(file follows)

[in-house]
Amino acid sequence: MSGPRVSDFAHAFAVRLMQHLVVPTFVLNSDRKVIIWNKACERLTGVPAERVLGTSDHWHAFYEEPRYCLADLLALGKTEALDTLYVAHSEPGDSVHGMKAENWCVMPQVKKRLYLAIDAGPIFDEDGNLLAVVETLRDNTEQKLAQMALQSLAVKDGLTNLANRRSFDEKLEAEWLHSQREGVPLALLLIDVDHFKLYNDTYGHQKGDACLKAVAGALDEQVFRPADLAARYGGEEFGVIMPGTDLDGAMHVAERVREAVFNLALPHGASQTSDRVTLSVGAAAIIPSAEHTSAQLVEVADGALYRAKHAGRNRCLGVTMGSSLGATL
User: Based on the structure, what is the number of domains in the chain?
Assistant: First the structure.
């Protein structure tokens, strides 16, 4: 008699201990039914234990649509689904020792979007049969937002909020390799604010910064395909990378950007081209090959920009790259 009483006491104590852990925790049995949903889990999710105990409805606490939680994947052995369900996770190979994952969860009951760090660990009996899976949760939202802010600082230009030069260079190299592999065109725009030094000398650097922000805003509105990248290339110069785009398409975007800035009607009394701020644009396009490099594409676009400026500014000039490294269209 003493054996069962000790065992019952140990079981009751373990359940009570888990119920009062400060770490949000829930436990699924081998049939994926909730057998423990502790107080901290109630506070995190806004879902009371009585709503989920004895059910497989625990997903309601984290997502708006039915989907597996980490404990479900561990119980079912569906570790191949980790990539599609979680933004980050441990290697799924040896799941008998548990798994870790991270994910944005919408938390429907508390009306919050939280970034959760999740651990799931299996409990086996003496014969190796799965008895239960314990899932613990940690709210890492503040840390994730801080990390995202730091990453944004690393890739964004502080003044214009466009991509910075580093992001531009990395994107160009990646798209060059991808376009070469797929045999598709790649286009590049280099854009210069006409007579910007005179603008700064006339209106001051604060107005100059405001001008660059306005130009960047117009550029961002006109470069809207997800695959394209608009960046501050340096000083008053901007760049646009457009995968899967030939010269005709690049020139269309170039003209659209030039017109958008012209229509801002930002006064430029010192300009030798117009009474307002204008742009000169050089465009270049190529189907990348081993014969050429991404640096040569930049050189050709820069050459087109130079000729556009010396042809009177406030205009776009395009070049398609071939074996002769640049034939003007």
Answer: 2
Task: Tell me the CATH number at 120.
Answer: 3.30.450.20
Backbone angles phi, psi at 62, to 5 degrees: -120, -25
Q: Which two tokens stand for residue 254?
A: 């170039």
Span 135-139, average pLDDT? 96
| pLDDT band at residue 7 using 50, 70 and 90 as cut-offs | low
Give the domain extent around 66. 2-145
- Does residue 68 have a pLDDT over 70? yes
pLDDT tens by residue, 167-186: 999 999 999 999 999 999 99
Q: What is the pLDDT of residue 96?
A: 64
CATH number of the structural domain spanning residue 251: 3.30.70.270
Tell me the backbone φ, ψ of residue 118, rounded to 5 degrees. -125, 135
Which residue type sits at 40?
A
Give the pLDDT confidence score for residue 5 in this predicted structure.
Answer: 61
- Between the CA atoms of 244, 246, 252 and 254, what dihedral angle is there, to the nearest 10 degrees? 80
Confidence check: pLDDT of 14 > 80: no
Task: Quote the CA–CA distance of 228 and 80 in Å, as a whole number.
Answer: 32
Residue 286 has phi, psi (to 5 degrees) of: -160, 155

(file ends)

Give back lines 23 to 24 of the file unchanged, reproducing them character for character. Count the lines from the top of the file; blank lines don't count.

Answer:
Give the pLDDT confidence score for residue 5 in this predicted structure.
Answer: 61